Toyama is a coastal city on Japan’s main island Honshu. Known for its castle and rich natural environment, it is also recognized as a successful example of “compact city” in Japan, with an urban development adapted to depopulation and a renovated public transport system. Toyama adopted in 2021 a Zero Carbon City 2050 declaration, supported by a plan including measures such as promotion of renewable energy, energy conservation and green finance.

State of Saxony, Germany | Transitioning away from coal
Mr. Peter Lucas, Desk Officer, Ministry of Economic Affairs, Labour and Transport

Home to Leipzig and Dresden, Saxony borders Poland and the Czech Republic. The eastern-most state of Germany is still deeply dependent on lignite mining. It is implementing a master plan for energy and climate to guide and accompany the transition towards a decarbonized economy, as the whole country is phasing out from coal. Projects under the plan cover sectors such as renewable energy, hydrogen and clean transport.

Thematic Session 2: Mobilizing local renewable energy

Renewable energy sources are, by nature, decentralized. Sun, wind, biomass, geothermal, energy from rivers and seas are geographically distributed across regions in Europe and Japan, placing local actors at the forefront of their mobilization to locally produce renewable electricity, heat and gas. What policies do cities and regions implement to accelerate the substitution of fossil fuels by clean sources of energy? How do industrial clusters and agencies facilitate local innovation for the transition to renewable energy?

Grenoble Metropolis, France | Promoting local innovation for renewables
Mrs. Anne-Elisabeth Cotte, Innovation Project Manager

Grenoble Metropolis gathers 49 towns and cities, at the foot of the French Alps. The region’s rich economic fabric includes major companies, SMEs and startups active in the energy transition, gathered in the Tenerrdis cluster. The metropolis supports innovation for renewables through various initiatives such as green hydrogen experimentation. The area also boasts one of the largest urban heating networks in France, fueled at 70% by fossil-free sources.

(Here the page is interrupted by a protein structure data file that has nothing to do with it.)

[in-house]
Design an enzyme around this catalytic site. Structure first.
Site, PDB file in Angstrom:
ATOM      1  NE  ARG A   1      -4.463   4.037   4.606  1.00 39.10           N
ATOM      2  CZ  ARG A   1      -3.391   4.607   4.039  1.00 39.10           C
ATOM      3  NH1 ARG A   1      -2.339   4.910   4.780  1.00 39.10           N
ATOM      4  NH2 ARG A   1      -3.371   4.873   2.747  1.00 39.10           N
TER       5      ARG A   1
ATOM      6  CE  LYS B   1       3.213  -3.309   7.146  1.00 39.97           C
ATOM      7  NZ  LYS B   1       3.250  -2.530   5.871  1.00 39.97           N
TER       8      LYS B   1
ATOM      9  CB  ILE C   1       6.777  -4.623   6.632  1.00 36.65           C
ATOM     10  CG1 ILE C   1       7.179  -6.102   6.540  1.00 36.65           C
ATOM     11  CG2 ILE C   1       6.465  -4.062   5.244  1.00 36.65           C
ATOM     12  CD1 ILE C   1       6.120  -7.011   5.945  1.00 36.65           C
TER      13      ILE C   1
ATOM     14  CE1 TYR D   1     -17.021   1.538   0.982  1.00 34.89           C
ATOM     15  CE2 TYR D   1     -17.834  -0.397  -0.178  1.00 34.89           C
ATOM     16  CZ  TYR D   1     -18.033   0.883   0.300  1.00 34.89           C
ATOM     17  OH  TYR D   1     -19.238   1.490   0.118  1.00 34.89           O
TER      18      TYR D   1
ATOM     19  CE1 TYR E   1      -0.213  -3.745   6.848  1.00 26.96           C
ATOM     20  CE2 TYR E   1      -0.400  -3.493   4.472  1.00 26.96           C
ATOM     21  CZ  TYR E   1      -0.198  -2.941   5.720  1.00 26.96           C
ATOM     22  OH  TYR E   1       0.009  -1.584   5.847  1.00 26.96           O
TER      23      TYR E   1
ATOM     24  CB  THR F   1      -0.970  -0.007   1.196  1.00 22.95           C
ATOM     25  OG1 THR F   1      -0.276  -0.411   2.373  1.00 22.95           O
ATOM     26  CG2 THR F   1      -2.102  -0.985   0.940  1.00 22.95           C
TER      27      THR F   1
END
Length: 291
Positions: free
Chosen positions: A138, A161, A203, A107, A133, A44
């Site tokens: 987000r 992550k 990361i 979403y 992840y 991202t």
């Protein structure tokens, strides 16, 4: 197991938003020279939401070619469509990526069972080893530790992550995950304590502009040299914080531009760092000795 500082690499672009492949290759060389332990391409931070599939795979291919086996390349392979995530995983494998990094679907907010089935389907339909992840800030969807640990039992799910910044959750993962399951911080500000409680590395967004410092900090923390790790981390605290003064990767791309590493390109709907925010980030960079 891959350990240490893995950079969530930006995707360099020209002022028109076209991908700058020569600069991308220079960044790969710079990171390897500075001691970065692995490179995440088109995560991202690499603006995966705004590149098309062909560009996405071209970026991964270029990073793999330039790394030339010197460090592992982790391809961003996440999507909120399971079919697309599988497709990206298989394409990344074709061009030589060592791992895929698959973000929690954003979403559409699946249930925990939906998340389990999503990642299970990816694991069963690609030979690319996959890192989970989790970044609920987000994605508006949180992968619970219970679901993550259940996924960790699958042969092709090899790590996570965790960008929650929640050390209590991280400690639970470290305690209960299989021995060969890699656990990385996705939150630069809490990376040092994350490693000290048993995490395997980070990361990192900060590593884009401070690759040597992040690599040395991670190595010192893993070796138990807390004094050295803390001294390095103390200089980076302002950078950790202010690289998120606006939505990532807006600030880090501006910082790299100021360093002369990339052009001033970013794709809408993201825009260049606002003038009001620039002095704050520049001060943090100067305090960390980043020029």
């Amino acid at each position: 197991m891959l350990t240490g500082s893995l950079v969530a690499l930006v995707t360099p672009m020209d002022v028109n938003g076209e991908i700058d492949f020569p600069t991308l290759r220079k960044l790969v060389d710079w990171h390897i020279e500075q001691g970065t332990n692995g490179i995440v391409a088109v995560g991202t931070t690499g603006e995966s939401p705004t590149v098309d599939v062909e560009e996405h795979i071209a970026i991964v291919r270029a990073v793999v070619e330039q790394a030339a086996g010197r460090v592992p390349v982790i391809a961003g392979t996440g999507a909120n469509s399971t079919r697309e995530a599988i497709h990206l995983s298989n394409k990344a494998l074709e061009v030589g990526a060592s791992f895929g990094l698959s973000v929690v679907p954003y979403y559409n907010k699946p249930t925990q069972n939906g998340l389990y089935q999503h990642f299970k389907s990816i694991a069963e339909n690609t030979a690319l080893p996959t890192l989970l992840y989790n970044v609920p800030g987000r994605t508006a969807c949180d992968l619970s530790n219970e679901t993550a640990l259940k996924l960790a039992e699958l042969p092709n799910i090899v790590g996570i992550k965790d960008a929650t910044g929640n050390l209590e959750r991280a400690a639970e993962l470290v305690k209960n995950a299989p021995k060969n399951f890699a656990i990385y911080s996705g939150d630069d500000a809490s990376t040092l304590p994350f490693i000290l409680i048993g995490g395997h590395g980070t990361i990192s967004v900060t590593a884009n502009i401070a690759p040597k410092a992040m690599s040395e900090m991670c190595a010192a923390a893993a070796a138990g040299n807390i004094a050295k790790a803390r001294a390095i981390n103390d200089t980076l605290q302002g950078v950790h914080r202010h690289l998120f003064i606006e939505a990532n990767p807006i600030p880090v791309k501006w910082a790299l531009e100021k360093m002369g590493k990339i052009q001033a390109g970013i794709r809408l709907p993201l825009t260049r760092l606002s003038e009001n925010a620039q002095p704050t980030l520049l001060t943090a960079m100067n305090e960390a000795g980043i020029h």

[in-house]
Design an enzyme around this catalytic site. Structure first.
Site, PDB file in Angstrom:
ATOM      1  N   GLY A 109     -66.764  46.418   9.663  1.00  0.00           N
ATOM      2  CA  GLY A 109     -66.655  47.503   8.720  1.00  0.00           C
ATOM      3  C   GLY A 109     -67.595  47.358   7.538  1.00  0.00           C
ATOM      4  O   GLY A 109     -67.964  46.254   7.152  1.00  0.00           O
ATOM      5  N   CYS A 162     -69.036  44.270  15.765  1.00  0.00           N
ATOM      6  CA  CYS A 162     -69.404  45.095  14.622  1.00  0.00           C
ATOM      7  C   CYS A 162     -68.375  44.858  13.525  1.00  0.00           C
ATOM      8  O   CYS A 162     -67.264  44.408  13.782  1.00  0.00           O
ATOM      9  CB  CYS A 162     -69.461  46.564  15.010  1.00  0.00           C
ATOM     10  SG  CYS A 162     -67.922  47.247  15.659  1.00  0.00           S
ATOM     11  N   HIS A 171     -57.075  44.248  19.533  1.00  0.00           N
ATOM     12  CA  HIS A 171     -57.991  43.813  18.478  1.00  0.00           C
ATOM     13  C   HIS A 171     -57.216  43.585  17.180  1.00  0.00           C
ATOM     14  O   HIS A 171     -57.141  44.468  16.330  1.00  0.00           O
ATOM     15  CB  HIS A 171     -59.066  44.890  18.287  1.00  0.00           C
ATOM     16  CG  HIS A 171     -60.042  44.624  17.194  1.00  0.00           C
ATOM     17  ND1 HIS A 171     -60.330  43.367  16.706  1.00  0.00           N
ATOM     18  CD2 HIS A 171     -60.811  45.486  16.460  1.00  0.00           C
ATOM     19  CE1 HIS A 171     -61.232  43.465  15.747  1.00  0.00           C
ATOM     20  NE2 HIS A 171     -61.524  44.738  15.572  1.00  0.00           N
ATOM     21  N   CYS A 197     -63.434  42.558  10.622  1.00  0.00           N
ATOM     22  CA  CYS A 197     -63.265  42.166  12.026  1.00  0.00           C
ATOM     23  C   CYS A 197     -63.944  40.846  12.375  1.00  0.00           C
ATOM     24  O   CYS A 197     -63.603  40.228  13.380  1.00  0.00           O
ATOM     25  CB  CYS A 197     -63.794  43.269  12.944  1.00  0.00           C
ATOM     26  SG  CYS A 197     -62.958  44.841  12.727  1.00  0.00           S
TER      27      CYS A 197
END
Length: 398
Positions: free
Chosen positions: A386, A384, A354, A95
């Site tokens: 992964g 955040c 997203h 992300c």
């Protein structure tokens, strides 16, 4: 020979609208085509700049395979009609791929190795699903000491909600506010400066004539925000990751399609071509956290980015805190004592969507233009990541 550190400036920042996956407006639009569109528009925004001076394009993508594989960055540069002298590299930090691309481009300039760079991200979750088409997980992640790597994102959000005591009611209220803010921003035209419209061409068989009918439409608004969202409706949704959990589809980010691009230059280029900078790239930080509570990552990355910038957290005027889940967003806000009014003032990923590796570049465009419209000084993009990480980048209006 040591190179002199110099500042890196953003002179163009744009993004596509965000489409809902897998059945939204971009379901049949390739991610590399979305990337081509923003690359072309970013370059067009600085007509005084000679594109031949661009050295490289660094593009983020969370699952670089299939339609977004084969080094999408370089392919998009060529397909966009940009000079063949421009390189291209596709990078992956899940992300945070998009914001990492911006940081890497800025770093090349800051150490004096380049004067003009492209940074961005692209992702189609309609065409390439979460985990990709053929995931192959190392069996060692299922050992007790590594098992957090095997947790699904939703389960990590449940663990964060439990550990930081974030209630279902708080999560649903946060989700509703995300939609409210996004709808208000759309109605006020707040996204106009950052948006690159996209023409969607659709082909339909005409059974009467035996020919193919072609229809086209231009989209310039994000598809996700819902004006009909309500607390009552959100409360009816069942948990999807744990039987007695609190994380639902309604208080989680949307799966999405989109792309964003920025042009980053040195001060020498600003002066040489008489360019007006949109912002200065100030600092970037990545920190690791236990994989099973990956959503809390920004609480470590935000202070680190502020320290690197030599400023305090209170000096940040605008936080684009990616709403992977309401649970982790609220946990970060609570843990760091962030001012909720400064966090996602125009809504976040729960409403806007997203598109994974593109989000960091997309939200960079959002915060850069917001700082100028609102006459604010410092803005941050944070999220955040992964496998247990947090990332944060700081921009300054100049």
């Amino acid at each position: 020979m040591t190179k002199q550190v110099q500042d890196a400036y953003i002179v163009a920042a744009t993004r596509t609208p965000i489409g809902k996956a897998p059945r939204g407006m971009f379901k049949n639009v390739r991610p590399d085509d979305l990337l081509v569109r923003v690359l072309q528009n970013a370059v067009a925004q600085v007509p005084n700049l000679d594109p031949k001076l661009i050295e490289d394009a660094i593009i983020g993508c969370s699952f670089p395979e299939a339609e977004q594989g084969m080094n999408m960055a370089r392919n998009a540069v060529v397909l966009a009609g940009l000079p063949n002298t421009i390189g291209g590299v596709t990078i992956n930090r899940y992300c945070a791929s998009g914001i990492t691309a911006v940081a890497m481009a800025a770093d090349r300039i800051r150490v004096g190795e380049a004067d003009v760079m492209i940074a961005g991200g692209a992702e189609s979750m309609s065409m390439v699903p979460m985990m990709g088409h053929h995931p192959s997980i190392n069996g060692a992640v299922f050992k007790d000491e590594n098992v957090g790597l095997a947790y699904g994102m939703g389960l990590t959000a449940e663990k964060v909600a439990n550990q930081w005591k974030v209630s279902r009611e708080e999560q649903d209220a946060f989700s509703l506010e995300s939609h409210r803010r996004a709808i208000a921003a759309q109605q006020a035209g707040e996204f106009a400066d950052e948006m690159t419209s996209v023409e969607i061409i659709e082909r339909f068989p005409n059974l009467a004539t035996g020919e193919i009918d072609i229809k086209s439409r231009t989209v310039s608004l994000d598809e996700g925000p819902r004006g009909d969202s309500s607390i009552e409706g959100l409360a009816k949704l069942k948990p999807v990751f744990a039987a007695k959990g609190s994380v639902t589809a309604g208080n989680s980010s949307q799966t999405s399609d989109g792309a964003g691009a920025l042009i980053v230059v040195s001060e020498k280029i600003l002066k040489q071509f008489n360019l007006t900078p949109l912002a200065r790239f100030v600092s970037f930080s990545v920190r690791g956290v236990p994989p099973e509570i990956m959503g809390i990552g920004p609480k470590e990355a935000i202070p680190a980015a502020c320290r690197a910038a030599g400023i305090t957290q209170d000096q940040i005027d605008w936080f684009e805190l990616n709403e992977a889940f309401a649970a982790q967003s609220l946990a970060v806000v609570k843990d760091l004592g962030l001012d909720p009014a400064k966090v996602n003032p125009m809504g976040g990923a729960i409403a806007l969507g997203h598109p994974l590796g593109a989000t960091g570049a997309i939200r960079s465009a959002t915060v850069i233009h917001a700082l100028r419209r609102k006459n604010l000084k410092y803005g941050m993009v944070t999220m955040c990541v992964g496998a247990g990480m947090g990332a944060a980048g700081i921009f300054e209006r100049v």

Iki City, Japan | Towards a 100% renewable-powered island city
Mr. Kazunori Ogawa, SDGs Future Section Manager

Located in Nagasaki prefecture off the coast of Japan’s western island Kyushu, Iki is an island city blessed with lush surroundings and home to many shrines. Like other island communities across Japan, Iki has its challenges – an aging population and natural disasters aggravated by climate change. Running on its own power grid, Iki set the goal to replace fossil fuels entirely with renewable sources – sun, wind, marine energy – in its electricity mix by 2050.

Energy Cork, Ireland | An industry-driven cluster for clean energy
Mr. Kieran Lettice, Cluster Manager

Home to over 500,000 people, the Cork region is an economic, social and cultural hub for southern Ireland. It is also a key component of the national energy landscape, supplying 25% of Ireland’s energy needs. Cork’s natural resources include massive amounts of renewable energy. The Energy Cork cluster supports innovation in the regional industry, promoting and facilitating projects in onshore and offshore wind, solar power and other clean energy sectors.

Fukushima Energy Agency, Japan | An agency for regional energy transition
Mr. Yasuhiro Hattori, Managing Director

The prefecture of Fukushima is located on Japan’s eastern Pacific coast. After the 2011 disaster, Fukushima has made renewable energy a pillar for its reconstruction, aiming at covering local energy needs with 100% renewable sources by 2040. To support this transformation, the Fukushima Energy Agency was established in 2017. It promotes collaborative R&D, is an incubator for local companies, organizes trade fairs and supports international collaboration.

Discovery Session 1: Initiatives for a low-carbon agriculture

Important emitters of greenhouse gases, agriculture and the food industry are also part of the solution for carbon-free societies, and essential components of the local economy in many regions. What initiatives do regional actors from Europe and Japan implement for low-carbon agriculture and food systems? How could Japan and Europe further cooperate on this issue?

Shiga Prefecture, Japan | A pioneer of low-carbon agriculture in Japan
Ms. Tomoe Aota, Director, Agricultural Policy Division, Agriculture and Fisheries Department

Located to the east of Kyoto, Shiga has the highest share of land designated as natural parks among all Japanese prefectures. Back in 2011, Shiga formulated a strategy to adapt agriculture to climate change. The plan now also aims at reducing the sector’s emissions, through initiatives such as carbon storage in soils, local renewable energy for farming and new cultivation methods.

Lombardy, Italy | Innovating for a low-carbon agrifood industry
Dr. Raffaello Prugger, Director General Tecnoalimenti, CAT.AL Lombardy High Tech Agrofood Cluster

With 50,000 farms and 8,000 alimentary firms, the northern Italian region of Lombardy tops the country’s agricultural sector. CAT.AL, the Lombardy High Tech Agrofood Cluster, supports innovation efforts from regional enterprises, universities and research bodies. Activities include the promotion of renewable resources and waste minimization, for more sustainable, decarbonized food production systems.